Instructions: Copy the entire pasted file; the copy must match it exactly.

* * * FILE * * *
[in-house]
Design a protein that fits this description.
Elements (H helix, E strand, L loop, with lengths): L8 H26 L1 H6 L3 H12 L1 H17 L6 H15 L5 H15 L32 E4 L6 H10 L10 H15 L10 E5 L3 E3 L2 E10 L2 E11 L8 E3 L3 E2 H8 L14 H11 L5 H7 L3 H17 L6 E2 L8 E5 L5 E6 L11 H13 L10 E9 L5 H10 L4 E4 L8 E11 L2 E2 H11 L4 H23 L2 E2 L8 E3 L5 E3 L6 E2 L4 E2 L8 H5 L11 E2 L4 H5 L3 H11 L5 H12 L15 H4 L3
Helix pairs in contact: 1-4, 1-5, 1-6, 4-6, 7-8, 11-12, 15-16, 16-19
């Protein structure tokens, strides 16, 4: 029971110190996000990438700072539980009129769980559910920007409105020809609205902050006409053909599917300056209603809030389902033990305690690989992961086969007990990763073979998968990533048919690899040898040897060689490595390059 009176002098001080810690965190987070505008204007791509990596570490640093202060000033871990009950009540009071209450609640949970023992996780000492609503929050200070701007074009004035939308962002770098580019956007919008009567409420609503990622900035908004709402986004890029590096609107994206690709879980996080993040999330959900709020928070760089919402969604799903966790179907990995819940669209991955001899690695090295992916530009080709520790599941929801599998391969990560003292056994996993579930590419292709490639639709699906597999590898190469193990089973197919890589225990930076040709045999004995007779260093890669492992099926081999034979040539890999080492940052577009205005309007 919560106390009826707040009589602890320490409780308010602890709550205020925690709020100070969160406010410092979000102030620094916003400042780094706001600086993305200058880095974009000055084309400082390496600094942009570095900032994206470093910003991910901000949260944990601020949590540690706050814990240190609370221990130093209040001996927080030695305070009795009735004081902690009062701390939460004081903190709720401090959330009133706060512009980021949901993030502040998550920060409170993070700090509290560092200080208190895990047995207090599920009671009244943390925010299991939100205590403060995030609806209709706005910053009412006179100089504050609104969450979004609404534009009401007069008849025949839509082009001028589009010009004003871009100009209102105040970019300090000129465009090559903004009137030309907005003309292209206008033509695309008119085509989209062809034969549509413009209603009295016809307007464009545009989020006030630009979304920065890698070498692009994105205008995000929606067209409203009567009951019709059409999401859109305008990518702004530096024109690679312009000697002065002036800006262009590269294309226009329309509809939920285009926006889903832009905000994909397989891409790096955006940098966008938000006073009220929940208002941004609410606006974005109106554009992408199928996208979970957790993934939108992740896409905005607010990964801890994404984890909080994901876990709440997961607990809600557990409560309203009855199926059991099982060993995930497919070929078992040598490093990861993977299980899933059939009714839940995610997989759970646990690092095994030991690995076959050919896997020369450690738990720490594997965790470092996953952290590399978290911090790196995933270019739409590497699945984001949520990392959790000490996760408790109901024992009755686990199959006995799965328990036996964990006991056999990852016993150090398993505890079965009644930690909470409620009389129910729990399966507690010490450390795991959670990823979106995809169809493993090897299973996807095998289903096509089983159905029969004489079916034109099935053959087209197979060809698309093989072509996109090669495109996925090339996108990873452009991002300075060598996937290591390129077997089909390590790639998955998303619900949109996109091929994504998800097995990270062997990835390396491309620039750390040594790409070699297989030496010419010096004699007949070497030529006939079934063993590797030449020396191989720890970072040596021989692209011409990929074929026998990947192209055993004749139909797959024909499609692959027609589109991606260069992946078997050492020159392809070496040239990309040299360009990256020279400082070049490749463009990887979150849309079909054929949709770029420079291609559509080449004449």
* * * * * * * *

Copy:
[in-house]
Design a protein that fits this description.
Elements (H helix, E strand, L loop, with lengths): L8 H26 L1 H6 L3 H12 L1 H17 L6 H15 L5 H15 L32 E4 L6 H10 L10 H15 L10 E5 L3 E3 L2 E10 L2 E11 L8 E3 L3 E2 H8 L14 H11 L5 H7 L3 H17 L6 E2 L8 E5 L5 E6 L11 H13 L10 E9 L5 H10 L4 E4 L8 E11 L2 E2 H11 L4 H23 L2 E2 L8 E3 L5 E3 L6 E2 L4 E2 L8 H5 L11 E2 L4 H5 L3 H11 L5 H12 L15 H4 L3
Helix pairs in contact: 1-4, 1-5, 1-6, 4-6, 7-8, 11-12, 15-16, 16-19
């Protein structure tokens, strides 16, 4: 029971110190996000990438700072539980009129769980559910920007409105020809609205902050006409053909599917300056209603809030389902033990305690690989992961086969007990990763073979998968990533048919690899040898040897060689490595390059 009176002098001080810690965190987070505008204007791509990596570490640093202060000033871990009950009540009071209450609640949970023992996780000492609503929050200070701007074009004035939308962002770098580019956007919008009567409420609503990622900035908004709402986004890029590096609107994206690709879980996080993040999330959900709020928070760089919402969604799903966790179907990995819940669209991955001899690695090295992916530009080709520790599941929801599998391969990560003292056994996993579930590419292709490639639709699906597999590898190469193990089973197919890589225990930076040709045999004995007779260093890669492992099926081999034979040539890999080492940052577009205005309007 919560106390009826707040009589602890320490409780308010602890709550205020925690709020100070969160406010410092979000102030620094916003400042780094706001600086993305200058880095974009000055084309400082390496600094942009570095900032994206470093910003991910901000949260944990601020949590540690706050814990240190609370221990130093209040001996927080030695305070009795009735004081902690009062701390939460004081903190709720401090959330009133706060512009980021949901993030502040998550920060409170993070700090509290560092200080208190895990047995207090599920009671009244943390925010299991939100205590403060995030609806209709706005910053009412006179100089504050609104969450979004609404534009009401007069008849025949839509082009001028589009010009004003871009100009209102105040970019300090000129465009090559903004009137030309907005003309292209206008033509695309008119085509989209062809034969549509413009209603009295016809307007464009545009989020006030630009979304920065890698070498692009994105205008995000929606067209409203009567009951019709059409999401859109305008990518702004530096024109690679312009000697002065002036800006262009590269294309226009329309509809939920285009926006889903832009905000994909397989891409790096955006940098966008938000006073009220929940208002941004609410606006974005109106554009992408199928996208979970957790993934939108992740896409905005607010990964801890994404984890909080994901876990709440997961607990809600557990409560309203009855199926059991099982060993995930497919070929078992040598490093990861993977299980899933059939009714839940995610997989759970646990690092095994030991690995076959050919896997020369450690738990720490594997965790470092996953952290590399978290911090790196995933270019739409590497699945984001949520990392959790000490996760408790109901024992009755686990199959006995799965328990036996964990006991056999990852016993150090398993505890079965009644930690909470409620009389129910729990399966507690010490450390795991959670990823979106995809169809493993090897299973996807095998289903096509089983159905029969004489079916034109099935053959087209197979060809698309093989072509996109090669495109996925090339996108990873452009991002300075060598996937290591390129077997089909390590790639998955998303619900949109996109091929994504998800097995990270062997990835390396491309620039750390040594790409070699297989030496010419010096004699007949070497030529006939079934063993590797030449020396191989720890970072040596021989692209011409990929074929026998990947192209055993004749139909797959024909499609692959027609589109991606260069992946078997050492020159392809070496040239990309040299360009990256020279400082070049490749463009990887979150849309079909054929949709770029420079291609559509080449004449």